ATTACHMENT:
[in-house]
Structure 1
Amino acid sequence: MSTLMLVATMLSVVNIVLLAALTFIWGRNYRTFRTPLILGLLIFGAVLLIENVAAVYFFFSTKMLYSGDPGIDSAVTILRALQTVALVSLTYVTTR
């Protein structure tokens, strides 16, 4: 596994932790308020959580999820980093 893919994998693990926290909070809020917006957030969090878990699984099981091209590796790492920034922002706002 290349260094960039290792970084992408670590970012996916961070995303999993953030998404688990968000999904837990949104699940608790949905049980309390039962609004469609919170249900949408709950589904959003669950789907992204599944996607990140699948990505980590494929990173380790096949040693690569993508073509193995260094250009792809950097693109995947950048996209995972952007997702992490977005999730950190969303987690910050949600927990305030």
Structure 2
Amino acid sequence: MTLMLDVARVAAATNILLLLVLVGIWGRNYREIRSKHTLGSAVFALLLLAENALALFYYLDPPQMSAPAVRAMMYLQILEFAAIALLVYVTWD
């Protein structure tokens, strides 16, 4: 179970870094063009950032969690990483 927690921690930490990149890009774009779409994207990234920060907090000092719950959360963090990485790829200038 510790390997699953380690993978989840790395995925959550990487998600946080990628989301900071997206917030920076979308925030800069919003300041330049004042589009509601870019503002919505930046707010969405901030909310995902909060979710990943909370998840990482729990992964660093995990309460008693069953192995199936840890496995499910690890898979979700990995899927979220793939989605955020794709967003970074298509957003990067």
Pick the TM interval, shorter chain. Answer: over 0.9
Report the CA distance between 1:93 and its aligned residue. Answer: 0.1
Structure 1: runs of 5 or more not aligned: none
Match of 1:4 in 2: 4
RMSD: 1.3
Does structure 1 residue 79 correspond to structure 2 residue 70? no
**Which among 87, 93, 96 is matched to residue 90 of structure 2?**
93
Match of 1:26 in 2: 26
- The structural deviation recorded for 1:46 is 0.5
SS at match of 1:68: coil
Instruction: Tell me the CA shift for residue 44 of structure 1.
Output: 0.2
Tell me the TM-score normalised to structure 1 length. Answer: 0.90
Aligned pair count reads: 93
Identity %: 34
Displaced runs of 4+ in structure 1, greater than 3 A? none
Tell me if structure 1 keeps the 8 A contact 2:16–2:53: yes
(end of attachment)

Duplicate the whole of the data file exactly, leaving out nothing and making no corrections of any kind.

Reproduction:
[in-house]
Structure 1
Amino acid sequence: MSTLMLVATMLSVVNIVLLAALTFIWGRNYRTFRTPLILGLLIFGAVLLIENVAAVYFFFSTKMLYSGDPGIDSAVTILRALQTVALVSLTYVTTR
């Protein structure tokens, strides 16, 4: 596994932790308020959580999820980093 893919994998693990926290909070809020917006957030969090878990699984099981091209590796790492920034922002706002 290349260094960039290792970084992408670590970012996916961070995303999993953030998404688990968000999904837990949104699940608790949905049980309390039962609004469609919170249900949408709950589904959003669950789907992204599944996607990140699948990505980590494929990173380790096949040693690569993508073509193995260094250009792809950097693109995947950048996209995972952007997702992490977005999730950190969303987690910050949600927990305030």
Structure 2
Amino acid sequence: MTLMLDVARVAAATNILLLLVLVGIWGRNYREIRSKHTLGSAVFALLLLAENALALFYYLDPPQMSAPAVRAMMYLQILEFAAIALLVYVTWD
């Protein structure tokens, strides 16, 4: 179970870094063009950032969690990483 927690921690930490990149890009774009779409994207990234920060907090000092719950959360963090990485790829200038 510790390997699953380690993978989840790395995925959550990487998600946080990628989301900071997206917030920076979308925030800069919003300041330049004042589009509601870019503002919505930046707010969405901030909310995902909060979710990943909370998840990482729990992964660093995990309460008693069953192995199936840890496995499910690890898979979700990995899927979220793939989605955020794709967003970074298509957003990067």
Pick the TM interval, shorter chain. Answer: over 0.9
Report the CA distance between 1:93 and its aligned residue. Answer: 0.1
Structure 1: runs of 5 or more not aligned: none
Match of 1:4 in 2: 4
RMSD: 1.3
Does structure 1 residue 79 correspond to structure 2 residue 70? no
**Which among 87, 93, 96 is matched to residue 90 of structure 2?**
93
Match of 1:26 in 2: 26
- The structural deviation recorded for 1:46 is 0.5
SS at match of 1:68: coil
Instruction: Tell me the CA shift for residue 44 of structure 1.
Output: 0.2
Tell me the TM-score normalised to structure 1 length. Answer: 0.90
Aligned pair count reads: 93
Identity %: 34
Displaced runs of 4+ in structure 1, greater than 3 A? none
Tell me if structure 1 keeps the 8 A contact 2:16–2:53: yes